The next day air shipment is an extremely important factor for the customer experience with Zappos. Next day shipment is one of the main “WOW!” factors that Zappos has based its company around, along with its exceptional customer services and the free returns within 365 days policy. Changing this service because of an economic downturn means that Zappos would potentially lose customers. The money Zappos could save by not investing in next day delivery would not balance out the money they would lose from loyal or new customers buying from the competition in the long run. Maintaining high quality service is a long term investment that Zappos believe will comprise long term financial growth. It was found that if Zappos focused on ground delivery and stopped doing overnight free delivery that the estimated savings could be significant. This is a short term saving. From studies UPS estimated that if the air shipping was stopped and ground delivery was focused on for all of Zappos’ deliveries that they would be able to reach 11% of Zappos customers in one day, 49% in two days, 18% in three days, 21% in four days and 1% in five days.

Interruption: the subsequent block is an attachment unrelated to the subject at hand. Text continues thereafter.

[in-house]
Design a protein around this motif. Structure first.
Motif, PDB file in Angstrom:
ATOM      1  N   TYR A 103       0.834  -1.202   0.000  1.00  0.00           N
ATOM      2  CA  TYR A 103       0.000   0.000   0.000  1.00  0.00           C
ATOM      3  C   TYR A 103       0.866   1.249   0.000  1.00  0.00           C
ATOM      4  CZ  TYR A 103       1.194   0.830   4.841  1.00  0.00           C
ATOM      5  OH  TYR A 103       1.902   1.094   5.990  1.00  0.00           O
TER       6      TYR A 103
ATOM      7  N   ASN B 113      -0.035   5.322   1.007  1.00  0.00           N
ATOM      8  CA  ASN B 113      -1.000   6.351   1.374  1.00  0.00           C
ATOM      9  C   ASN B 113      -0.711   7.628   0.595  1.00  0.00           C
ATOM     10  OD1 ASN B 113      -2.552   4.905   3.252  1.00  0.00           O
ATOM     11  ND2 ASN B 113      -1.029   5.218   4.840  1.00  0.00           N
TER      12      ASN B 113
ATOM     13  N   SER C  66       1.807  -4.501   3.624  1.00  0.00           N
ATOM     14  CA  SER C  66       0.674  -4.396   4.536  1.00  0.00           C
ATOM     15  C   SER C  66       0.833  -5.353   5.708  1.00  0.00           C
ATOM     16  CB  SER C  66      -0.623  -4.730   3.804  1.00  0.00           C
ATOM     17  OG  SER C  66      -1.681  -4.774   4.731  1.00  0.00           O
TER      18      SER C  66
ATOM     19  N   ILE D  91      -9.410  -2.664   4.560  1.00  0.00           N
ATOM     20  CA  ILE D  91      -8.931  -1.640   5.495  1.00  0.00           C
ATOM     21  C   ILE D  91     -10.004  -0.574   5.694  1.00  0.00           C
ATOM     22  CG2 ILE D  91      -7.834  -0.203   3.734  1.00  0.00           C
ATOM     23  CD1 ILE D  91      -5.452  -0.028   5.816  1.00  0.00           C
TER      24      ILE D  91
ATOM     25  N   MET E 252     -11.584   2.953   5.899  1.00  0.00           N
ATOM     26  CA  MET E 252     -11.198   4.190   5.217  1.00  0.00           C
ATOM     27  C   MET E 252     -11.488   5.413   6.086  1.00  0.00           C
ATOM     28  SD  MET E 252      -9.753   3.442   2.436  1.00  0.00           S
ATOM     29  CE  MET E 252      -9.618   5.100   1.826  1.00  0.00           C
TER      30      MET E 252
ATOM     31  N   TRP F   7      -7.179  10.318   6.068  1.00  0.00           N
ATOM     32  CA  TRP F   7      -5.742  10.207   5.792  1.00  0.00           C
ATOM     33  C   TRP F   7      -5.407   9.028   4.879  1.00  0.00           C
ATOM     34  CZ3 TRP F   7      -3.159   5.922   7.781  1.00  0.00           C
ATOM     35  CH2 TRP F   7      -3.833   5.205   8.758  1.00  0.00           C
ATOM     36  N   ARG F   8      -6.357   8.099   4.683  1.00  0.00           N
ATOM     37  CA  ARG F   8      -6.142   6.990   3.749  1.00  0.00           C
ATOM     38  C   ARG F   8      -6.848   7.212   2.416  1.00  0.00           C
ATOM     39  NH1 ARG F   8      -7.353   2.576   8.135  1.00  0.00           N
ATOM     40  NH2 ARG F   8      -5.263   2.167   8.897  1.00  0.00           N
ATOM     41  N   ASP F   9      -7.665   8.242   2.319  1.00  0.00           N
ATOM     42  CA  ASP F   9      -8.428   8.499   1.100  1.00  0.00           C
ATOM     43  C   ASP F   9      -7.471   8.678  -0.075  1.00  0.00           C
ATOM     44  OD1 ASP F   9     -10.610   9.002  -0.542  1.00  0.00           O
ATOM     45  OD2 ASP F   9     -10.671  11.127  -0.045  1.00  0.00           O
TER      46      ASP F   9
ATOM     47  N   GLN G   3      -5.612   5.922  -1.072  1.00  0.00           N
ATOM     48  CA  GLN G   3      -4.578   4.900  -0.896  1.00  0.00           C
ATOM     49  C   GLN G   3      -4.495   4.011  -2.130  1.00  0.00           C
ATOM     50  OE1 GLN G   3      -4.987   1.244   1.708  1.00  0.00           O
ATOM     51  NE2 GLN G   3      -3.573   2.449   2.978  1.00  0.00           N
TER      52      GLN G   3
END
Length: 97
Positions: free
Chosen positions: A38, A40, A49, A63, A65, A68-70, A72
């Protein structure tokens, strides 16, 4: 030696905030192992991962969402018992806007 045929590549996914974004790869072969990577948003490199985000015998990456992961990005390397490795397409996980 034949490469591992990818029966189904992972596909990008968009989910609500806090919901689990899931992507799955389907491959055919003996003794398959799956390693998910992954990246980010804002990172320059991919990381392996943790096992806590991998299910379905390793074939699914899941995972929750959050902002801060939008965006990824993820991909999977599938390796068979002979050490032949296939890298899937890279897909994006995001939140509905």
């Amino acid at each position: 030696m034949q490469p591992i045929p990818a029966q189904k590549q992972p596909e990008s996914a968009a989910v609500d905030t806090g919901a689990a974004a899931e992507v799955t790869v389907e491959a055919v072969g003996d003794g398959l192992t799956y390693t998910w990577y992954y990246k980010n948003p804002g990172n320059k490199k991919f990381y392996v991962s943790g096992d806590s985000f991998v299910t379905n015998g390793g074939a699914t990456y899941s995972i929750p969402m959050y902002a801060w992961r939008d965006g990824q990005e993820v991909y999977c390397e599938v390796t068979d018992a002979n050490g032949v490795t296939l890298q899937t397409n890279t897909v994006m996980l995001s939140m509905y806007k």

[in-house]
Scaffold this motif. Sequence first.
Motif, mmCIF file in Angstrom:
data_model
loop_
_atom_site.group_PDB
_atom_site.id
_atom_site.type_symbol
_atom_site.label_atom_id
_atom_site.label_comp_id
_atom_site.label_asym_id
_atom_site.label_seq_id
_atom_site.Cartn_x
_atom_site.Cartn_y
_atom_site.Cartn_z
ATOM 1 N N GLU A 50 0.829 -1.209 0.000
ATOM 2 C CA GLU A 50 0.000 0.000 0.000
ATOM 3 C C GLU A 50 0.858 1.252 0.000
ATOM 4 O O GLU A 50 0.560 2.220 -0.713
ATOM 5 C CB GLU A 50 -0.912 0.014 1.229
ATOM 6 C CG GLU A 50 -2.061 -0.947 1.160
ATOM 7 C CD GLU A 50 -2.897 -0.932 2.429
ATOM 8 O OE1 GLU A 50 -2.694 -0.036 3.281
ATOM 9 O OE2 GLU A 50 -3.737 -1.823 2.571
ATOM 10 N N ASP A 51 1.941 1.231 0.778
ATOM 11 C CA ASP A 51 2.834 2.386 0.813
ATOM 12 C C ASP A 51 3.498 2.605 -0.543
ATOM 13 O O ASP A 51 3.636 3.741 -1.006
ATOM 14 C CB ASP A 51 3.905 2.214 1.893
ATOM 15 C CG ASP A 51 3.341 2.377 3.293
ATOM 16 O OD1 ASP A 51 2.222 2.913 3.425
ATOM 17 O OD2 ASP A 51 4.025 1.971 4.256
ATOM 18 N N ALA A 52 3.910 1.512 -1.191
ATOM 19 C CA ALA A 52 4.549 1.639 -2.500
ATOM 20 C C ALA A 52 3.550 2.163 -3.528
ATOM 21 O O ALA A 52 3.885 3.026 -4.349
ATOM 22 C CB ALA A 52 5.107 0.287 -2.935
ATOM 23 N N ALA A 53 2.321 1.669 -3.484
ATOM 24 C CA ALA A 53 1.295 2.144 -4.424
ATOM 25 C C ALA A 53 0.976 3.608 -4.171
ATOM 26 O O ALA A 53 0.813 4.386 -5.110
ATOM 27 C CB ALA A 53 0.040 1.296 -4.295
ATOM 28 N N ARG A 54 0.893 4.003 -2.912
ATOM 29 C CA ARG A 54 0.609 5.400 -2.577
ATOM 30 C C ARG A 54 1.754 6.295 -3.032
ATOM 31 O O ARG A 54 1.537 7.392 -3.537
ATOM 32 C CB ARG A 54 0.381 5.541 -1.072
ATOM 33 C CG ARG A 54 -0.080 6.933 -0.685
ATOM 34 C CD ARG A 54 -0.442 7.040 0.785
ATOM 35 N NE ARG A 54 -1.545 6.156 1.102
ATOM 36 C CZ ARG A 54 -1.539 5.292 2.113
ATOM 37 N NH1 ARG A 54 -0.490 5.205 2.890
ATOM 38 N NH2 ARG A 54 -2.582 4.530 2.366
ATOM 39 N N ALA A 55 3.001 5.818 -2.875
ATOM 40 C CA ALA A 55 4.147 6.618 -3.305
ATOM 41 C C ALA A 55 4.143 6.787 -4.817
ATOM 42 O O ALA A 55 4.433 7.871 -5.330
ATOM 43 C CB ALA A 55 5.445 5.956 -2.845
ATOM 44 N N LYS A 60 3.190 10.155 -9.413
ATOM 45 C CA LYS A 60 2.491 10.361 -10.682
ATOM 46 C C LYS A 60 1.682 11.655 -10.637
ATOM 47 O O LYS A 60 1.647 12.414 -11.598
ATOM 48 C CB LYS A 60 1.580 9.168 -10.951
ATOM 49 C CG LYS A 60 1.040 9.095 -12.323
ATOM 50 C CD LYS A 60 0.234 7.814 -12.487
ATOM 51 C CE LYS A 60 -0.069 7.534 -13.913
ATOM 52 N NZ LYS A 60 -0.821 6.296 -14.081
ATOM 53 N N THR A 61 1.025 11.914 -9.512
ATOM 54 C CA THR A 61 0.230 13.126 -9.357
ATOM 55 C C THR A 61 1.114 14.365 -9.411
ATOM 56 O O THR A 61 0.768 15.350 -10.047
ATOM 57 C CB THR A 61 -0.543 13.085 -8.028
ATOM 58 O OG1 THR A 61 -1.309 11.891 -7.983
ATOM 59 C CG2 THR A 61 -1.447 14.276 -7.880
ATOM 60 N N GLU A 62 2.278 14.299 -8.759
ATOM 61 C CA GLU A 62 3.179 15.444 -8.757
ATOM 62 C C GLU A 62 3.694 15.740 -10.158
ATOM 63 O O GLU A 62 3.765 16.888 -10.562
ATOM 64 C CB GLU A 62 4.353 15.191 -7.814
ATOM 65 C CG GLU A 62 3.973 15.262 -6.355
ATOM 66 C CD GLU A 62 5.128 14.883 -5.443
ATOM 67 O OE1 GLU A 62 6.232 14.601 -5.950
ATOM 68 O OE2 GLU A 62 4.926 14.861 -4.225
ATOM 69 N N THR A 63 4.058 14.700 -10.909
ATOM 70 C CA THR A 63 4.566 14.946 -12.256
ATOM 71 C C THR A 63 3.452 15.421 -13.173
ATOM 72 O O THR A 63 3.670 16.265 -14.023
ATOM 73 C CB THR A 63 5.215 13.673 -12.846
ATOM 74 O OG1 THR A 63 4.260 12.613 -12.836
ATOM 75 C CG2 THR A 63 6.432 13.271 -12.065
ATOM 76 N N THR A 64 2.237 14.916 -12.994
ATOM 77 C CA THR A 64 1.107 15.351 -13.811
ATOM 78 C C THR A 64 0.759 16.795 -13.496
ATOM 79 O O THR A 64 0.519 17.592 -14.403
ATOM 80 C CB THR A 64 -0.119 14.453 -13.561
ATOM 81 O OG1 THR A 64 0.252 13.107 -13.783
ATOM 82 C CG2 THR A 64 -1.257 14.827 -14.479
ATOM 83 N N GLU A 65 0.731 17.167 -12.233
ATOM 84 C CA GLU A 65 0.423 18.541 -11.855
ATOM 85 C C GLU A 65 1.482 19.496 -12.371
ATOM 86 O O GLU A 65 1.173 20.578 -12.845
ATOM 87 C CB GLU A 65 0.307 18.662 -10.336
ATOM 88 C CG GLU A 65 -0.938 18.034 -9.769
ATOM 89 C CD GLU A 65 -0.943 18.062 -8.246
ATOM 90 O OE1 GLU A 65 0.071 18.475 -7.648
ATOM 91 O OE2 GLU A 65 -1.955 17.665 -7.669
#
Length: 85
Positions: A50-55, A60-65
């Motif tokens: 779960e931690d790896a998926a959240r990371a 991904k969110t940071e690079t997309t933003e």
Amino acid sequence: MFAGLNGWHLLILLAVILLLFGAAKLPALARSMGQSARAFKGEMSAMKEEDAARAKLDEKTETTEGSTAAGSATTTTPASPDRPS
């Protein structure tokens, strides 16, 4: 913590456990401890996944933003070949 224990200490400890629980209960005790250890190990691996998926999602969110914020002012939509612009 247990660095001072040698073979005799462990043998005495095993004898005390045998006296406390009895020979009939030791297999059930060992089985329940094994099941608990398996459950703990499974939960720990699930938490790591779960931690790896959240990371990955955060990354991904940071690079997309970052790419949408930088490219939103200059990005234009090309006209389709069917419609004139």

However, this goes against the business model that Zappos has spent so much time developing. Customers receiving a delivery the day after placing the order for a 4-5 day shipment surprises and impresses them which encourages them order from Zappos again as well as to encourage friends to use Zappos for future purchases. If next day air delivery was taken away Zappos would lose a large part of the competitive edge they have over their competing sites such as and that can deliver within the same time constraints as Zappos and even do next day delivery at a cost. Customers that Zappos would lose doing this render the savings made from removing next day deliveries not worth it. If there was a case where Zappos wanted to reduce the costs of next day air delivery then they could reduce the number of shipments they do by this method. A suggestion to cut down on the number of next day deliveries would possibly be to only do next day delivery based on customer loyalty, by rewarding customers who have ordered from the site before by giving them next day delivery for free. Also in order to keep new customers interested give a select number of first time buyers next day delivery but clearly state that a delivery could take 4-5 days after order.